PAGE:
Rhode Island death toll passes 2,000; doctor suspended

PROVIDENCE, R.I. (AP) — More than 2,000 Rhode Islanders have now died of coronavirus-related complications, the state Department of Health said Friday.

With nine additional fatalities from the disease, the death toll is now 2,005.

The national death toll is nearly 389,000, according to Johns Hopkins University.

“The tragic loss of life is unfathomable and unforgiveable and the grief is immeasurable,” Democratic U.S. Sen. Jack Reed said in an emailed statement. “We mourn every one of these individuals who COVID-19 has taken from us and we must redouble efforts to save lives and protect communities.”

The department also reported 901 people who tested positive on Thursday, out of more than 19,200 tests, for a daily positivity ate of 4.7%.

The latest seven-day average positivity rate in Rhode Island is now 5.66%, down from almost 7% two weeks ago. State health departments are calculating positivity rate differently across the country, but for Rhode Island the AP calculates the rate by dividing new cases by test encounters using data from The COVID Tracking Project.

The seven-day rolling average of daily new cases in Rhode Island has risen over the past two weeks from more than 918 on Dec. 31 to almost 971 on Thursday.



The state Department of Health has suspended the license of a doctor investigators say deliberately exposed patients and staff to COVID-19.

Dr. Anthony Farina presents “an immediate danger to the public” and has been suspended from practicing medicine indefinitely until further order of the Department of Health or the Board of Medical Licensure and Discipline for an overall pattern of unprecedented willful misconduct, the department said.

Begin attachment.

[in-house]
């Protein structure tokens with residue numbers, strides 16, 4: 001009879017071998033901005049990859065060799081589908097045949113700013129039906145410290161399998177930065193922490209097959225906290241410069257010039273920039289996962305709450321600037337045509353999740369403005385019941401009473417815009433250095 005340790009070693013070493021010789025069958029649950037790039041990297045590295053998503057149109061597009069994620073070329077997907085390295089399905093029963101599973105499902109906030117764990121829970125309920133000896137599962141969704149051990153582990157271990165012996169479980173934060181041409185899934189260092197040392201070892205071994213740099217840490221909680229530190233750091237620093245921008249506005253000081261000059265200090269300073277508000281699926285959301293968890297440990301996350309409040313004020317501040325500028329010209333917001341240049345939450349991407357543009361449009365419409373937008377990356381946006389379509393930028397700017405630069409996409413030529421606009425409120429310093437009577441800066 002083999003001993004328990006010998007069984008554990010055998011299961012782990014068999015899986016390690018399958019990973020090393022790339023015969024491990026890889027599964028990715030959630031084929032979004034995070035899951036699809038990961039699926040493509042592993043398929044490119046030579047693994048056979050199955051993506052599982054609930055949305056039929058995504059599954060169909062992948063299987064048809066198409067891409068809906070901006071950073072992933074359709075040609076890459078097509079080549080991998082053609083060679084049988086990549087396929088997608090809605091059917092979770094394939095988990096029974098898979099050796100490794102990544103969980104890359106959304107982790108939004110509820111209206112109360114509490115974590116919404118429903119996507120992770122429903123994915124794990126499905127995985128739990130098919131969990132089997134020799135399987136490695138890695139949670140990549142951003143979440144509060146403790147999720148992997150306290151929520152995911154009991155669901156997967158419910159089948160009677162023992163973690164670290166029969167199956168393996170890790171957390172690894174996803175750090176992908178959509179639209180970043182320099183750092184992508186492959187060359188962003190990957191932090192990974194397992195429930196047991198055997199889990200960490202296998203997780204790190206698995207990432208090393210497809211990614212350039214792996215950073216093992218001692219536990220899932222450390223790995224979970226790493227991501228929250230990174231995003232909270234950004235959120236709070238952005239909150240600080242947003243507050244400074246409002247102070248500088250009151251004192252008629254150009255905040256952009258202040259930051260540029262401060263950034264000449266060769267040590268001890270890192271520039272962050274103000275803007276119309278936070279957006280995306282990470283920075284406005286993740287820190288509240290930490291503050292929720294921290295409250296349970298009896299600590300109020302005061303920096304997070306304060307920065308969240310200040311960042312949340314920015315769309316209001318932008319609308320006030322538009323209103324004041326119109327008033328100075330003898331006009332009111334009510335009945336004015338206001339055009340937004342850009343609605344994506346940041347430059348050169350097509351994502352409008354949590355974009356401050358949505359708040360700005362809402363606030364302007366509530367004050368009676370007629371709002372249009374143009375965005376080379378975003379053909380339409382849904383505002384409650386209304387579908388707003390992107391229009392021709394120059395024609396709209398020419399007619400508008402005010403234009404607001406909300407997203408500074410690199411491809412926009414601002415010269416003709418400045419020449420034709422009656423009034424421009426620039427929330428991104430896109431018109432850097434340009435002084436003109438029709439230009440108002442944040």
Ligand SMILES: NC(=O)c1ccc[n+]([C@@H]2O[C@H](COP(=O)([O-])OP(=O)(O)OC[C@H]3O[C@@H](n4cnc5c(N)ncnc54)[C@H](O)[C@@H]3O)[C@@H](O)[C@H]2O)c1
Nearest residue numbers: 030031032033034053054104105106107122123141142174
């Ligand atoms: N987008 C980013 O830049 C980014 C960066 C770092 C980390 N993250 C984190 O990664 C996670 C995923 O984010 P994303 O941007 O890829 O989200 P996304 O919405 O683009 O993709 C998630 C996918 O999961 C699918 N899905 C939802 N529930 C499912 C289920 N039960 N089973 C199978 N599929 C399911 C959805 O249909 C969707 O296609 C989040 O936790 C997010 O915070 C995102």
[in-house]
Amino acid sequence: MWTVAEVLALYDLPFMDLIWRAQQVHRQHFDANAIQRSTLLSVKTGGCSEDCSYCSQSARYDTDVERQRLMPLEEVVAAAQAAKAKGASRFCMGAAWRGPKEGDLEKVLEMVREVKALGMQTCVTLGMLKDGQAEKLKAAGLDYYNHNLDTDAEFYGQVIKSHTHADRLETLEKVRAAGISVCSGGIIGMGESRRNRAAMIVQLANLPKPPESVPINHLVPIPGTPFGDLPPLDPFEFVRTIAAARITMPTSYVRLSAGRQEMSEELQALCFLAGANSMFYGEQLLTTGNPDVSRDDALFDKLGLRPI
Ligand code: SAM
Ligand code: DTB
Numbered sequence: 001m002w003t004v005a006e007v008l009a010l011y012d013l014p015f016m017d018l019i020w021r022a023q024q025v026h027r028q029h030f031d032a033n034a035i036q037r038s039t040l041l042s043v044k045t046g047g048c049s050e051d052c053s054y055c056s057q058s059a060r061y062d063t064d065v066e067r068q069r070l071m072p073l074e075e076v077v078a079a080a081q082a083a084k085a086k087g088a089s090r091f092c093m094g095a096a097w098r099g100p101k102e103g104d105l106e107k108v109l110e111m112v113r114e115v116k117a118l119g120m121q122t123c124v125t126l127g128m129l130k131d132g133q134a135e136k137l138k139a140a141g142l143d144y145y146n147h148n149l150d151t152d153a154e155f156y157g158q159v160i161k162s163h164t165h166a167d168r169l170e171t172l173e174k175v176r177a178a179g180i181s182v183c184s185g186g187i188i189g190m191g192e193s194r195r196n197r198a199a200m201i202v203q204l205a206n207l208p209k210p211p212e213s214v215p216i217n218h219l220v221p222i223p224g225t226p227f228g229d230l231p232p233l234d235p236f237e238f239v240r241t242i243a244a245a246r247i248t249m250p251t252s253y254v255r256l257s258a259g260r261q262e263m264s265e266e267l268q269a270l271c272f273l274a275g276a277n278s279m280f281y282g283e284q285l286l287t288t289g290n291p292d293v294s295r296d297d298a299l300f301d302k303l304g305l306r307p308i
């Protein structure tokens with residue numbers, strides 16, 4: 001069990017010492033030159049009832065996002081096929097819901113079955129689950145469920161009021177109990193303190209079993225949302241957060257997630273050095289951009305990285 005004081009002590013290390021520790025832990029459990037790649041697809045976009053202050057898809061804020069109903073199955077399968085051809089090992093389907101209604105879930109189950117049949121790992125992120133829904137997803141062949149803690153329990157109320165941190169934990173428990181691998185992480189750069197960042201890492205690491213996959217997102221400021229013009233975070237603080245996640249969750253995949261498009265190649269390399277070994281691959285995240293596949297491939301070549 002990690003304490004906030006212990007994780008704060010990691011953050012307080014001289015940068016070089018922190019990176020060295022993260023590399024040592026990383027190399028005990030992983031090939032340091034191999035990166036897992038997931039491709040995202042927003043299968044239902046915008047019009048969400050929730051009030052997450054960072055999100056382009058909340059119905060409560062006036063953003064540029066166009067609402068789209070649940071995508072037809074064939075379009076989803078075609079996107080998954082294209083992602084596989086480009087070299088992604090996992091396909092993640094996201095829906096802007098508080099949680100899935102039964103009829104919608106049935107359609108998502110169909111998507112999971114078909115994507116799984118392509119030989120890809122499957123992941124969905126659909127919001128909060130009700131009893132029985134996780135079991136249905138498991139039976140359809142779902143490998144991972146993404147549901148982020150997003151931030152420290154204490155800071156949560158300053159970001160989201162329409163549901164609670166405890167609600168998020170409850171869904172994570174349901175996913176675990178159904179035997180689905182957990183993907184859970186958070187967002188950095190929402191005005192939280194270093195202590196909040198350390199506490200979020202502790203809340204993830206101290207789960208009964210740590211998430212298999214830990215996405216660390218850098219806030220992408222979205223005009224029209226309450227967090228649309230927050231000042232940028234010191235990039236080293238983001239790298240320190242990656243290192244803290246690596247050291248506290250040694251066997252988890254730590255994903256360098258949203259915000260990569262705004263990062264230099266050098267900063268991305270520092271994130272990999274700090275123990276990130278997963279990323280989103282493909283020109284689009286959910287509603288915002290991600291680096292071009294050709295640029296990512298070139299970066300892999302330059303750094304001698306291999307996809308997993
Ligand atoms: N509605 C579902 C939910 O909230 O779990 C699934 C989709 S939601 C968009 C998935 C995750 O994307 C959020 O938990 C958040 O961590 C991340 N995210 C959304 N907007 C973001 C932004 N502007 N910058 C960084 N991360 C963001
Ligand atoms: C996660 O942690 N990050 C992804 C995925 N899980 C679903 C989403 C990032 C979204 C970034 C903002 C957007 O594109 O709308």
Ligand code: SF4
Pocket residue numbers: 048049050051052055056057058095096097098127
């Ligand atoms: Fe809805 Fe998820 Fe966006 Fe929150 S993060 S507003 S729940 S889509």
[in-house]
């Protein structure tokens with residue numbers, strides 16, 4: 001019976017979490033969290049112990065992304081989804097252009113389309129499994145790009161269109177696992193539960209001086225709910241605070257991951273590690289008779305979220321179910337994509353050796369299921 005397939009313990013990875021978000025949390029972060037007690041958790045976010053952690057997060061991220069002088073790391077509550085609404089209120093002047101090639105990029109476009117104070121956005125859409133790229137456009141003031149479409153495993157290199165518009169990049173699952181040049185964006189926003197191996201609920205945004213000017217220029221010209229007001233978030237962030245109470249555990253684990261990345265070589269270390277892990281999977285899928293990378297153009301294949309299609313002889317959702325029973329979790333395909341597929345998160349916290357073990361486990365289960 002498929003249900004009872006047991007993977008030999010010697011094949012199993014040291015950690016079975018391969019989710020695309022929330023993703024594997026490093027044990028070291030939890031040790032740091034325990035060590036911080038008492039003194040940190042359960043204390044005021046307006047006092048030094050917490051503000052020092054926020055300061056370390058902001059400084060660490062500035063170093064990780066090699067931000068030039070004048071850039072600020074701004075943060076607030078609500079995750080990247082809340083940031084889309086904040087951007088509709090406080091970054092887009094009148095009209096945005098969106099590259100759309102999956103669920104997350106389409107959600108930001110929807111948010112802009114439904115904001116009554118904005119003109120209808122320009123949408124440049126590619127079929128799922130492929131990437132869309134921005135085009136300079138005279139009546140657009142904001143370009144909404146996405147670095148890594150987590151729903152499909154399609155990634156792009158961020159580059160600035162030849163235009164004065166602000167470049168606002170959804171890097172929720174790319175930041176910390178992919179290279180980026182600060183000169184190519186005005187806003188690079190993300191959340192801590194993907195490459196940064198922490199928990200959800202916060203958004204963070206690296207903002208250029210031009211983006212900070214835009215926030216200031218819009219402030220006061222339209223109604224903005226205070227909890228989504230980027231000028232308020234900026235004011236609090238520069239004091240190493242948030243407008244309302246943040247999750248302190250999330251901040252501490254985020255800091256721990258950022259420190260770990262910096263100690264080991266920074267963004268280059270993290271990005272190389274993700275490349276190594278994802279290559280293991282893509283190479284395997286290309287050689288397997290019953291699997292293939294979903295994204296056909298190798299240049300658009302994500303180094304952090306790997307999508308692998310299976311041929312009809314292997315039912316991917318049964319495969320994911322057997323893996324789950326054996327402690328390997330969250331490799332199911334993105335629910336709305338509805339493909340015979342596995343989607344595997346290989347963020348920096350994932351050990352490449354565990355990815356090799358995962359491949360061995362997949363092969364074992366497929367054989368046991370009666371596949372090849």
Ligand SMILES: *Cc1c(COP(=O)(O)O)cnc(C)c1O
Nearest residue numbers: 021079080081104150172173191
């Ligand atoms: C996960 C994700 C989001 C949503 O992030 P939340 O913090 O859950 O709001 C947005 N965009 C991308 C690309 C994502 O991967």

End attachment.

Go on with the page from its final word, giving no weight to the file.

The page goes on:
The board’s investigative committee found that Farina, whose primary specialty is internal medicine, exposed staff and patients to COVID-19 after becoming symptomatic with a cough and fever in late November and that he continued to work and see patients even after testing positive days later, while wearing an N-95 mask incorrectly.

Farina told the committee that he actually had a sinus infection and didn’t test positive for COVID-19 until Dec. 4, after which he isolated appropriately and wore an N-95 mask when in the office.

Although one witness told the committee that Farina passed the virus on to his employees, the committee did not indicate whether he had done so.

The committee also found other alleged violations, including writing prescriptions of controlled substances for immediate family members and creating a hostile work environment.

He has the right to hearing on the suspension. An email seeking comment was left with his attorneys Friday.

Farina is listed as the director/president of six medical clinics in the state.

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